Tag: kids’

Olive Oil Egg Marbling and Epsom Salt Crystal Egg Geodes

 - by KitchenPantryScientist

It’s simple to make gorgeous marbled eggs using olive oil marbling. Simply dye your eggs with food coloring and then marble them with a darker color. (Epsom Salt Egg Geode instructions are at the bottom of this post.)

Oil-Marbled Eggs

KitchenPantryScientist.com

Hint: Wear gloves to avoid staining your fingers.

You’ll need:

-2 cups of warm water in a bowl

-hard boiled eggs

-olive oil

-vinegar

-food coloring (We used  Wilton Color Right food coloring: 2 drops blue mixed with one drop of yellow in about a cup of water to make robin’s egg colors, and brown for marbling.)

IMG_5986

1. Make base dye by adding a few Tbs. vinegar to two cups of water. To this, add a few drops of food coloring. Lighter colors work best for the base.

2. Dye the hard boiled eggs in the base color until they are the desired shade. Let them dry.

3. To a small bowl, add 1/2 cup water, a Tbs. of vinegar, darker food coloring, and 1/2 tsp olive oil. Add more oil if you want less dark color when you marble. Oil shouldn’t cover the entire surface.

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4. Swirl the oil with a toothpick or spoon and lower your egg into the water/oil mixture, swirling and spinning it. When you like the results, take it out and let it dry.

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5.When the egg is dry, remove the excess oil with a paper towel.

The science behind the fun: Food coloring is an acid dye, so the vinegar (acetic acid) helps it bond to the egg shell. Oil is less dense than water and floats on top. When you put the egg in the oil-colored water mixture, the oil coats part of the egg, preventing it from being stained.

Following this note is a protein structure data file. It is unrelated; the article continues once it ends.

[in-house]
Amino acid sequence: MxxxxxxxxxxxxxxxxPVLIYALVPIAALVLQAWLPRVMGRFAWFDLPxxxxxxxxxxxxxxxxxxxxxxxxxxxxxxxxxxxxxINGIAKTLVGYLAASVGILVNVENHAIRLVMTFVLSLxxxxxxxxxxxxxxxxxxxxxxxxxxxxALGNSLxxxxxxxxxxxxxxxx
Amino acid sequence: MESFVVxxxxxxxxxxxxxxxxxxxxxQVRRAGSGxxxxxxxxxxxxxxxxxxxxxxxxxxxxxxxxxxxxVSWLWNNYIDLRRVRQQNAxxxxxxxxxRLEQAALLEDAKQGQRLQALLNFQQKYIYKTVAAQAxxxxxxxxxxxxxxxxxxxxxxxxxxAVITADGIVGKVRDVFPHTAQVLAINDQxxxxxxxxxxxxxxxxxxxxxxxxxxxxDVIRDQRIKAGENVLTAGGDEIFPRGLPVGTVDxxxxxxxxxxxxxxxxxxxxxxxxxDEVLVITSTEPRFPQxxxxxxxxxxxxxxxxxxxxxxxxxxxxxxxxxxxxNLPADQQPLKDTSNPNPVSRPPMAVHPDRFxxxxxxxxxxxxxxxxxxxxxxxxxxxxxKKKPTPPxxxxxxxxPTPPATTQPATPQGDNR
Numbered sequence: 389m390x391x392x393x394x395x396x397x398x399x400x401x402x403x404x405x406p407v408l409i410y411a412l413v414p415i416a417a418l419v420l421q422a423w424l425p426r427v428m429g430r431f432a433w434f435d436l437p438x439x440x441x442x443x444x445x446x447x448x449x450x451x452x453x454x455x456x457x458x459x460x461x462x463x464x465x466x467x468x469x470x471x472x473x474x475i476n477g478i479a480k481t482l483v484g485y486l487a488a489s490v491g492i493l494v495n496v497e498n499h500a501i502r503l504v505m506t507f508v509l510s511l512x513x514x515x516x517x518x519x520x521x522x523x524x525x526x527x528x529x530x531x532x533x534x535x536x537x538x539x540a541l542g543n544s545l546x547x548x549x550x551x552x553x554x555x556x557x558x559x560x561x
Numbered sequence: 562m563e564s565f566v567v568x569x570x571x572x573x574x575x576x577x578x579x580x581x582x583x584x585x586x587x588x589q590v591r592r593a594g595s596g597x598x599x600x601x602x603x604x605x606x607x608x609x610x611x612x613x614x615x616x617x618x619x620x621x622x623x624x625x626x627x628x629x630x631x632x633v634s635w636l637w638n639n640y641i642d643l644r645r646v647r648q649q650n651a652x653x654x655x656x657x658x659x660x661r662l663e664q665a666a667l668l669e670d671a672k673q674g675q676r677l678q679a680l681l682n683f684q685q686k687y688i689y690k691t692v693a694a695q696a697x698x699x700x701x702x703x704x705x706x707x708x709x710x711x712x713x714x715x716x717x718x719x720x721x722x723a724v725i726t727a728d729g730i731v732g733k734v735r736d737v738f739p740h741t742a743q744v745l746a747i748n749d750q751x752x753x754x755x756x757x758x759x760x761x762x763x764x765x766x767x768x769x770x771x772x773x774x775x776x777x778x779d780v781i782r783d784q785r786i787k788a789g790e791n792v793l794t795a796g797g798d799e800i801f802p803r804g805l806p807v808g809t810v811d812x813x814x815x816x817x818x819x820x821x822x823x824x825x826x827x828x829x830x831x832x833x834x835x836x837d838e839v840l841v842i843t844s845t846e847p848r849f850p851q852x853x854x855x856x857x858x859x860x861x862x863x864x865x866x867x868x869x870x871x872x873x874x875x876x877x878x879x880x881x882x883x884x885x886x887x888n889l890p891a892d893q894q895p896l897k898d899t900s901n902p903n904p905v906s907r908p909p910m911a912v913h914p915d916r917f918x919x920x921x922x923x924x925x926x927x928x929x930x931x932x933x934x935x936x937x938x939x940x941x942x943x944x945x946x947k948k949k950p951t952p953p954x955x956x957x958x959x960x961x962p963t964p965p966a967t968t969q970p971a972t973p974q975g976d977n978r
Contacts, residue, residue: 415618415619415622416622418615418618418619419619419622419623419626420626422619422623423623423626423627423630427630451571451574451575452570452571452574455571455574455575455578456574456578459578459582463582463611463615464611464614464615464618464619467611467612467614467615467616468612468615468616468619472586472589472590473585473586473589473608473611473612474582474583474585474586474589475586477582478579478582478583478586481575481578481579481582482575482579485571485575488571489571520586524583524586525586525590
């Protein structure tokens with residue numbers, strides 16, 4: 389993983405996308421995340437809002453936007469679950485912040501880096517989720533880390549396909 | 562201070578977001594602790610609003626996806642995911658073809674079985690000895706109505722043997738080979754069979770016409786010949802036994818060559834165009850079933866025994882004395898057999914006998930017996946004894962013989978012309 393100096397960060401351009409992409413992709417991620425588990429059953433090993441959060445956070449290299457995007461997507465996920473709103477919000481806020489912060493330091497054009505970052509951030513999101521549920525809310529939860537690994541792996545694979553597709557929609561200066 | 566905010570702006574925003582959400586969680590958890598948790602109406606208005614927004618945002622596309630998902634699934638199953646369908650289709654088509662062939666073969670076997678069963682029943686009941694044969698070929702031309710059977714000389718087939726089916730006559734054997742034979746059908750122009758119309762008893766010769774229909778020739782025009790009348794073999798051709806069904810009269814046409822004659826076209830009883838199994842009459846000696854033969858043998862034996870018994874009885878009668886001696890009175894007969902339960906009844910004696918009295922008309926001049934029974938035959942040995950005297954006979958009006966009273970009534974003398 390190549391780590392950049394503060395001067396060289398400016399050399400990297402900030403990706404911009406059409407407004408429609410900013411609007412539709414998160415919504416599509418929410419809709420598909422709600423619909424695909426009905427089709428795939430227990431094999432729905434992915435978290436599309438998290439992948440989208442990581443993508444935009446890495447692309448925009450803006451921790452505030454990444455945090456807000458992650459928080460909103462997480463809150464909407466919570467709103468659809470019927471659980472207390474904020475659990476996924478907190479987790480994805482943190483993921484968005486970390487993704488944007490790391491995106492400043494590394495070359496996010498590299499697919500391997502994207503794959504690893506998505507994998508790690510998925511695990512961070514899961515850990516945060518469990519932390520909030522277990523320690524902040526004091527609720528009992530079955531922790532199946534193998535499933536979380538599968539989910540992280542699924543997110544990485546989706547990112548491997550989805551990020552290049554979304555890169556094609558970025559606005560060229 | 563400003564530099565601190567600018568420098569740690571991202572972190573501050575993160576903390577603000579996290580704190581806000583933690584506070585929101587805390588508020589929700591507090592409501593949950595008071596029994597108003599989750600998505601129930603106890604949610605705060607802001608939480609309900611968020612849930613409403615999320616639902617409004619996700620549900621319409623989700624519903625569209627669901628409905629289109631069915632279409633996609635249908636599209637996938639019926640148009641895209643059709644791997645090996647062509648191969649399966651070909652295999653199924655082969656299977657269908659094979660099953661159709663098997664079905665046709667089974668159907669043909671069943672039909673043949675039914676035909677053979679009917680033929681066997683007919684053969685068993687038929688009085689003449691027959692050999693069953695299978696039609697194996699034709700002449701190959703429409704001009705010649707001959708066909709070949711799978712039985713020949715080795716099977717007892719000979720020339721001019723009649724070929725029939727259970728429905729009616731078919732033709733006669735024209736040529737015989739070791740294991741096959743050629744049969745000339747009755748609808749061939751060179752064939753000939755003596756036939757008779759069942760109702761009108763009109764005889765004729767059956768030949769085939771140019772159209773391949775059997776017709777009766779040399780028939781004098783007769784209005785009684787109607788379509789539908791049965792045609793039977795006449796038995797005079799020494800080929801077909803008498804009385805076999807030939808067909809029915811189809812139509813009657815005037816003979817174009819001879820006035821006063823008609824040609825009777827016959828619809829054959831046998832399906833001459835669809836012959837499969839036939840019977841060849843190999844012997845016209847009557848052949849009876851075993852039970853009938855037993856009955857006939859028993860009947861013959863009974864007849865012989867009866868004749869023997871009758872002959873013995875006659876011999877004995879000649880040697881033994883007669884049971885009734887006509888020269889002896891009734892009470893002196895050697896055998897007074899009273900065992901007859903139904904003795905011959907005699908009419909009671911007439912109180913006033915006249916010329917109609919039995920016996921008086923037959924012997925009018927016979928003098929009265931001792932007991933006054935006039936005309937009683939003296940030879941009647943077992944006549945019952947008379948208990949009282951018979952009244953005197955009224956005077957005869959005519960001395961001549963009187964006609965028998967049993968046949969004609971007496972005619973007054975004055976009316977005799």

Epsom Salt Crystal Egg Geodes:

Have an adult cut a raw egg in half lengthwise, using a serrated knife. Wash the shell and dry it. Dye if desired.

Use a glue gun or school glue to coat the inside of the egg. Sprinkle in Epsom salt crystals and allow to harden or dry. 

(Warning: Hot liquids require adult supervision.) To make the Epsom Salt crystals, dissolve 3 cups of Epsom salts in 2 cups of water by heating and stirring until no more crystals are visible. This creates a supersaturated solution. Allow the solution to cool slightly. Fill each half eggshell with Epsom salt solution. When long, needle-like crystals have formed, dump out the excess liquid and break the thin layer of crystals on top to reveal the ones in the shell.  

 

Leprechaun Pop Rocks (Carbon Dioxide Candy)

 - by KitchenPantryScientist

Homemade pop rocks aren’t as fizzy as the ones you buy at the store, but they’re mighty tasty! Citric acid combines with baking soda to make carbon dioxide gas bubbles that get trapped in the candy. Adding extra citric acid and baking soda to the surface of the candy gives some extra fizz when you put them in your mouth. Trick your friends by adding a flavor that doesn’t match the color!

Leprechaun Pop Rocks (KitchenPantryScientist.com)

Warning: Ages 8 and up only. Extremely hot candy syrup. Adult supervision required. 

You’ll need:

2 cups sugar

1/4 cup water

1/2 cup corn syrup

candy thermometer

baking sheet

corn starch

a few drops of food coloring

1 tsp flavoring, like orange or cherry

1/4 cup citric acid + 1 tsp to sprinkle on in final step

1 tsp baking soda plus some to sprinkle on the candy

Step 1. Coat a the bottom of an inverted baking sheet with cornstarch.

Step 2. Boil sugar, corn syrup, and water, stirring until it reaches 300 degrees F.

Step 3. Remove the hot, melted candy from heat. Stir in food coloring, flavoring, 1/4 cup citric acid and 1 tsp baking soda.